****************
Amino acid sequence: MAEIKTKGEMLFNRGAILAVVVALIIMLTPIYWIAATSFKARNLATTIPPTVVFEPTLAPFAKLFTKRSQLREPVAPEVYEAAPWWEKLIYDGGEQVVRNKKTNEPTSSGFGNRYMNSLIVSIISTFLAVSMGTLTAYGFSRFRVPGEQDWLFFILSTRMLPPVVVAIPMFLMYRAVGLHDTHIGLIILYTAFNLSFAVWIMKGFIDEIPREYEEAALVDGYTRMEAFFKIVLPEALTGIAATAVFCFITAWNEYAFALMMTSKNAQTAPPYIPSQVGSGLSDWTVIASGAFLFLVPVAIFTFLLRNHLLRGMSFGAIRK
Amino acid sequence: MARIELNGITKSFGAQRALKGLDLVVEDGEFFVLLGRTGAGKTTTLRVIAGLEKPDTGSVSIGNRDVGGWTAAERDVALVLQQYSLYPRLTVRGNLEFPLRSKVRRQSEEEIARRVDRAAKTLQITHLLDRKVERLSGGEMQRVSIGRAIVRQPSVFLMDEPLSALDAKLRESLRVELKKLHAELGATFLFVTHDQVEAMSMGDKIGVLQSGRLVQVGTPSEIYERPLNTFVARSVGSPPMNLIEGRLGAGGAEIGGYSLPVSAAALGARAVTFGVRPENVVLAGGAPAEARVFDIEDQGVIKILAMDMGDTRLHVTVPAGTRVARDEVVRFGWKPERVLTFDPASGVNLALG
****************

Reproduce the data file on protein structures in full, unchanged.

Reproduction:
Amino acid sequence: MAEIKTKGEMLFNRGAILAVVVALIIMLTPIYWIAATSFKARNLATTIPPTVVFEPTLAPFAKLFTKRSQLREPVAPEVYEAAPWWEKLIYDGGEQVVRNKKTNEPTSSGFGNRYMNSLIVSIISTFLAVSMGTLTAYGFSRFRVPGEQDWLFFILSTRMLPPVVVAIPMFLMYRAVGLHDTHIGLIILYTAFNLSFAVWIMKGFIDEIPREYEEAALVDGYTRMEAFFKIVLPEALTGIAATAVFCFITAWNEYAFALMMTSKNAQTAPPYIPSQVGSGLSDWTVIASGAFLFLVPVAIFTFLLRNHLLRGMSFGAIRK
Amino acid sequence: MARIELNGITKSFGAQRALKGLDLVVEDGEFFVLLGRTGAGKTTTLRVIAGLEKPDTGSVSIGNRDVGGWTAAERDVALVLQQYSLYPRLTVRGNLEFPLRSKVRRQSEEEIARRVDRAAKTLQITHLLDRKVERLSGGEMQRVSIGRAIVRQPSVFLMDEPLSALDAKLRESLRVELKKLHAELGATFLFVTHDQVEAMSMGDKIGVLQSGRLVQVGTPSEIYERPLNTFVARSVGSPPMNLIEGRLGAGGAEIGGYSLPVSAAALGARAVTFGVRPENVVLAGGAPAEARVFDIEDQGVIKILAMDMGDTRLHVTVPAGTRVARDEVVRFGWKPERVLTFDPASGVNLALG